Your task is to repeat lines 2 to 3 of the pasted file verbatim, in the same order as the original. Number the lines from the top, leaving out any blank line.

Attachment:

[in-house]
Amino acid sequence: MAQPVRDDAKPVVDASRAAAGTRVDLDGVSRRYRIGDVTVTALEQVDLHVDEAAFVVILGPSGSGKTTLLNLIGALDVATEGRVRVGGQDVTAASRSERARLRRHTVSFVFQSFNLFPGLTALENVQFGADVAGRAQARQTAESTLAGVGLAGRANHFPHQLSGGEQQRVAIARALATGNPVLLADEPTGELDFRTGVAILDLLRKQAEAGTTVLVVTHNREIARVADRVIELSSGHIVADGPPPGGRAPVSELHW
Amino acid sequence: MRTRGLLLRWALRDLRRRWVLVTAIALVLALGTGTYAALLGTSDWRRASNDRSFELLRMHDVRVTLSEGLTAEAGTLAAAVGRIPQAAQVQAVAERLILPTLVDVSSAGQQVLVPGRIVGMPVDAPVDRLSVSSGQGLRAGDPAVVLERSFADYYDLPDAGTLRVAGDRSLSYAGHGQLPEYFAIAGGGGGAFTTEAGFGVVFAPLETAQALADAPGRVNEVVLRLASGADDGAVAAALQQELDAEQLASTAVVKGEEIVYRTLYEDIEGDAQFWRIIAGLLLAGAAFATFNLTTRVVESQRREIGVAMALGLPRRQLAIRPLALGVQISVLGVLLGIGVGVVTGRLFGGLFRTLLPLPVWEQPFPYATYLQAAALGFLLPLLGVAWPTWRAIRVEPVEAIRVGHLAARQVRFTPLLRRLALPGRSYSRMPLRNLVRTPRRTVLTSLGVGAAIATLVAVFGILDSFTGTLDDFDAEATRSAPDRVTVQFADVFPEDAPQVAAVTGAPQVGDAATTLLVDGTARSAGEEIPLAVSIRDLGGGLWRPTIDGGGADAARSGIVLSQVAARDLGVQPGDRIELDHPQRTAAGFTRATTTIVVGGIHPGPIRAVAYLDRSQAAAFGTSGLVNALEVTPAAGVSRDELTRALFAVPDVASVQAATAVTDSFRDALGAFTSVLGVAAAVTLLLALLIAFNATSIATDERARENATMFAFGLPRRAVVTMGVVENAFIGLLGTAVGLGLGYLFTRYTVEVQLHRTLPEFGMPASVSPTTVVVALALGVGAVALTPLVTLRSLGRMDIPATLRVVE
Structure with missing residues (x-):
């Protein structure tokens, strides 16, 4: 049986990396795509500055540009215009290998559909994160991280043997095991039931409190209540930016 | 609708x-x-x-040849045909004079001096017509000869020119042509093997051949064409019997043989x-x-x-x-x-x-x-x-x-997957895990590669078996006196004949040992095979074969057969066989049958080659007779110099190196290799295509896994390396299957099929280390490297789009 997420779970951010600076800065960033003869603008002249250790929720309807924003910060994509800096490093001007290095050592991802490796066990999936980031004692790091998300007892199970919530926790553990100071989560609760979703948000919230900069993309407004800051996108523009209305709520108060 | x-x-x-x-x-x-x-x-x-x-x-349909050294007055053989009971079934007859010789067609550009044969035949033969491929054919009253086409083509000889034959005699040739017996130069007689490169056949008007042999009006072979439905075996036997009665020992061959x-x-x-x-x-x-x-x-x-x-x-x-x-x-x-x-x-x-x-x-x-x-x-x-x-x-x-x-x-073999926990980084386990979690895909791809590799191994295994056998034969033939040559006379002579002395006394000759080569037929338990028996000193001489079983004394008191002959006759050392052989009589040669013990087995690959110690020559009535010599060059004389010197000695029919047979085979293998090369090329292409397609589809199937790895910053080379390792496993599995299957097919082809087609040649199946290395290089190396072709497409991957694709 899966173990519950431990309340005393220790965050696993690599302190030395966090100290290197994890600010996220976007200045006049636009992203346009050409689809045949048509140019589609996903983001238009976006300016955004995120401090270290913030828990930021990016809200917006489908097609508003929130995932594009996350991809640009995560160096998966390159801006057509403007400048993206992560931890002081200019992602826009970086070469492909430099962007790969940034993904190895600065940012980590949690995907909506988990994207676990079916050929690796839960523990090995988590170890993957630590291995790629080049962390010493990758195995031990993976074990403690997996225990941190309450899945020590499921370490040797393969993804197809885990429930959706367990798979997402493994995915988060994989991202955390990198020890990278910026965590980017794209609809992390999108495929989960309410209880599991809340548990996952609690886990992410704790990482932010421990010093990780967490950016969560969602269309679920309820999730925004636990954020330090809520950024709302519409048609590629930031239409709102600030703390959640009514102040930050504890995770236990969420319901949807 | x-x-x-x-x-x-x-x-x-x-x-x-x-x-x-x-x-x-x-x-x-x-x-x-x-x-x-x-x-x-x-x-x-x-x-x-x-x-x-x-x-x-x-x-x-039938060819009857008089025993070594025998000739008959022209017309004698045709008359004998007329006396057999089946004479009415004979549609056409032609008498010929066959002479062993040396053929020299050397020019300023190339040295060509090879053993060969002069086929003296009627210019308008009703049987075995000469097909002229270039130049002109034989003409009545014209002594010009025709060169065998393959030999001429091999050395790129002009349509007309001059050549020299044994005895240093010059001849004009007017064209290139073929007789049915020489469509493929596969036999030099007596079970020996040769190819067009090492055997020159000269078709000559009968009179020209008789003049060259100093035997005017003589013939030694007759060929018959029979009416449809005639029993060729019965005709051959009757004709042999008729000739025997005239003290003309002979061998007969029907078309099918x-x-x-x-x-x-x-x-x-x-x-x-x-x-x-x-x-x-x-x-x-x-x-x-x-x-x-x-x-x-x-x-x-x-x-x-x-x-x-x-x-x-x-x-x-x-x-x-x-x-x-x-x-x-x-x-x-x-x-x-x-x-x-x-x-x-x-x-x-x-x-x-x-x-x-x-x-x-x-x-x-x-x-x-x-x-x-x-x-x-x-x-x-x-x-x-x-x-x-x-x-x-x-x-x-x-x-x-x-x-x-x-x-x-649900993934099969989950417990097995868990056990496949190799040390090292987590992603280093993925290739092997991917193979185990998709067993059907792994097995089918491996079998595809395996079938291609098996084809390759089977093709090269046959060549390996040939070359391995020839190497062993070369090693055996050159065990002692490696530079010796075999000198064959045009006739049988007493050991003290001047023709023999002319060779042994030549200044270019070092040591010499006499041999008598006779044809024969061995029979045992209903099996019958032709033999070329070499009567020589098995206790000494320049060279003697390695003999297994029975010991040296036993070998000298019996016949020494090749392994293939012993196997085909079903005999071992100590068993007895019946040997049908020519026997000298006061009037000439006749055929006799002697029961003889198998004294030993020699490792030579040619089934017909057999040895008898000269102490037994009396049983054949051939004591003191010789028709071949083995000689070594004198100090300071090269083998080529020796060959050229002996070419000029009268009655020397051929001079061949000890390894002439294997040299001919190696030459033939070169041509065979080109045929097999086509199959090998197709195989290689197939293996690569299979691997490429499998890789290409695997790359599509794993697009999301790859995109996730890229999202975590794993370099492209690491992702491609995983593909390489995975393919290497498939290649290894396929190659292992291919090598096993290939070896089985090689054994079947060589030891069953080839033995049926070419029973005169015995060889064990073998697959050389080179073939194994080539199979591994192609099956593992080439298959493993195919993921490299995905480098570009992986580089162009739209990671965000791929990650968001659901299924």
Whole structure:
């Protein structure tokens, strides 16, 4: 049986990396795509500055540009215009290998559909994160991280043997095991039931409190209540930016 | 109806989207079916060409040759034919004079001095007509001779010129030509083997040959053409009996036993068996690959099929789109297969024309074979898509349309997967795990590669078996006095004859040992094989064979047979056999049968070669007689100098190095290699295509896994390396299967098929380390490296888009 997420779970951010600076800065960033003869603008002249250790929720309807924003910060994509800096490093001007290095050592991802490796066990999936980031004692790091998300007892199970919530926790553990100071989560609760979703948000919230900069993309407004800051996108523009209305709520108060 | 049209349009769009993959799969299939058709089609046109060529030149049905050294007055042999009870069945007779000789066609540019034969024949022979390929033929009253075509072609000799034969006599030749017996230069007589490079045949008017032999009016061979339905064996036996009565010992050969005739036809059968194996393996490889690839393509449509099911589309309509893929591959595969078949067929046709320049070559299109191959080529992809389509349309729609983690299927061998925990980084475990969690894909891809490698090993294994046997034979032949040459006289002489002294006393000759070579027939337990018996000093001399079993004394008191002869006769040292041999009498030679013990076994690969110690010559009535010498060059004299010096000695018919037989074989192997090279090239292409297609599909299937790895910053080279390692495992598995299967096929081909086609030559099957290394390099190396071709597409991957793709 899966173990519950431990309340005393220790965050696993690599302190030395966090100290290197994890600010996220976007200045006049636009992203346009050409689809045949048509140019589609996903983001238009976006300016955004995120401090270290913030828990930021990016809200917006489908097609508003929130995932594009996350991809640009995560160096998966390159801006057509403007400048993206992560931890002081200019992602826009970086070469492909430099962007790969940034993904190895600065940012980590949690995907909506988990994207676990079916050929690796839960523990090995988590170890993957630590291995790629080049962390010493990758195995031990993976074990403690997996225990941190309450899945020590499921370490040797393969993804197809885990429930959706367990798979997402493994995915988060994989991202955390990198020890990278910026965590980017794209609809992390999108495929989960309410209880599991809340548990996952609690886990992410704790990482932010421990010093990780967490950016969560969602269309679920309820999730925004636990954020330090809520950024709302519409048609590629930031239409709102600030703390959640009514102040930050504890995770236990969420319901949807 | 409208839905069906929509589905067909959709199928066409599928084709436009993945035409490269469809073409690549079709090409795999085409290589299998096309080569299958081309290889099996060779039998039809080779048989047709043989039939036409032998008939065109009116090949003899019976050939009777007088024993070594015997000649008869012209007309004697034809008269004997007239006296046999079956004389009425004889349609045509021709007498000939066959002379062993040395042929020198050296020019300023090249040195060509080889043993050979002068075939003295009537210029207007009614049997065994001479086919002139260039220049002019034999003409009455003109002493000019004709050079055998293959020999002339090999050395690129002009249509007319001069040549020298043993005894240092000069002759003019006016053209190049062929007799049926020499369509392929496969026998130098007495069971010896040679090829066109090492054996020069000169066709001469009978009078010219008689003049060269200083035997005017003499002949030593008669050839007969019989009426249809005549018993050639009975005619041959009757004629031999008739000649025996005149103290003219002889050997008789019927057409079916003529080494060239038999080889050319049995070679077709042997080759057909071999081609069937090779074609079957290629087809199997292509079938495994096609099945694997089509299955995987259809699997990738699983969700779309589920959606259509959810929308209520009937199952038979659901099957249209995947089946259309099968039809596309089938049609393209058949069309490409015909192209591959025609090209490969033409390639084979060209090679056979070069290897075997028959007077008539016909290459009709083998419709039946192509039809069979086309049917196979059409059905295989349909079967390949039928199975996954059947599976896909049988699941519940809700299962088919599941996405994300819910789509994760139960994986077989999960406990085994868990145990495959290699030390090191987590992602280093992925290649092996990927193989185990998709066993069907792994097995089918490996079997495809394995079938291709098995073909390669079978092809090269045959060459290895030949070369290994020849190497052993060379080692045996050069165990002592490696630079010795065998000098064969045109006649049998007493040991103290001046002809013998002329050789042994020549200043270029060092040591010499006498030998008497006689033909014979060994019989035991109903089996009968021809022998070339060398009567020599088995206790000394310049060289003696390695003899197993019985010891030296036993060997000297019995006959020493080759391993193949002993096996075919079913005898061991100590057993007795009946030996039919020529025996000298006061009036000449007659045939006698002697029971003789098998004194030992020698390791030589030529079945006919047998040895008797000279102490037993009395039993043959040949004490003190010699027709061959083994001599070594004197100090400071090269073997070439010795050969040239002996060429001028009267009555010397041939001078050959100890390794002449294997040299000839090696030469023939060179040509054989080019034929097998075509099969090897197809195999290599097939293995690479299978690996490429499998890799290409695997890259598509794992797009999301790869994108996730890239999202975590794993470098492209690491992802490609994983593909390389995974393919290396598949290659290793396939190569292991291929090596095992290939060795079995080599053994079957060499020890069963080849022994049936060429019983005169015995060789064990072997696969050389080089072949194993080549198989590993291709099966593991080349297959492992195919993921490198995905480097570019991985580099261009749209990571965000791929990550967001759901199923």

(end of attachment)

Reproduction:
Amino acid sequence: MAQPVRDDAKPVVDASRAAAGTRVDLDGVSRRYRIGDVTVTALEQVDLHVDEAAFVVILGPSGSGKTTLLNLIGALDVATEGRVRVGGQDVTAASRSERARLRRHTVSFVFQSFNLFPGLTALENVQFGADVAGRAQARQTAESTLAGVGLAGRANHFPHQLSGGEQQRVAIARALATGNPVLLADEPTGELDFRTGVAILDLLRKQAEAGTTVLVVTHNREIARVADRVIELSSGHIVADGPPPGGRAPVSELHW
Amino acid sequence: MRTRGLLLRWALRDLRRRWVLVTAIALVLALGTGTYAALLGTSDWRRASNDRSFELLRMHDVRVTLSEGLTAEAGTLAAAVGRIPQAAQVQAVAERLILPTLVDVSSAGQQVLVPGRIVGMPVDAPVDRLSVSSGQGLRAGDPAVVLERSFADYYDLPDAGTLRVAGDRSLSYAGHGQLPEYFAIAGGGGGAFTTEAGFGVVFAPLETAQALADAPGRVNEVVLRLASGADDGAVAAALQQELDAEQLASTAVVKGEEIVYRTLYEDIEGDAQFWRIIAGLLLAGAAFATFNLTTRVVESQRREIGVAMALGLPRRQLAIRPLALGVQISVLGVLLGIGVGVVTGRLFGGLFRTLLPLPVWEQPFPYATYLQAAALGFLLPLLGVAWPTWRAIRVEPVEAIRVGHLAARQVRFTPLLRRLALPGRSYSRMPLRNLVRTPRRTVLTSLGVGAAIATLVAVFGILDSFTGTLDDFDAEATRSAPDRVTVQFADVFPEDAPQVAAVTGAPQVGDAATTLLVDGTARSAGEEIPLAVSIRDLGGGLWRPTIDGGGADAARSGIVLSQVAARDLGVQPGDRIELDHPQRTAAGFTRATTTIVVGGIHPGPIRAVAYLDRSQAAAFGTSGLVNALEVTPAAGVSRDELTRALFAVPDVASVQAATAVTDSFRDALGAFTSVLGVAAAVTLLLALLIAFNATSIATDERARENATMFAFGLPRRAVVTMGVVENAFIGLLGTAVGLGLGYLFTRYTVEVQLHRTLPEFGMPASVSPTTVVVALALGVGAVALTPLVTLRSLGRMDIPATLRVVE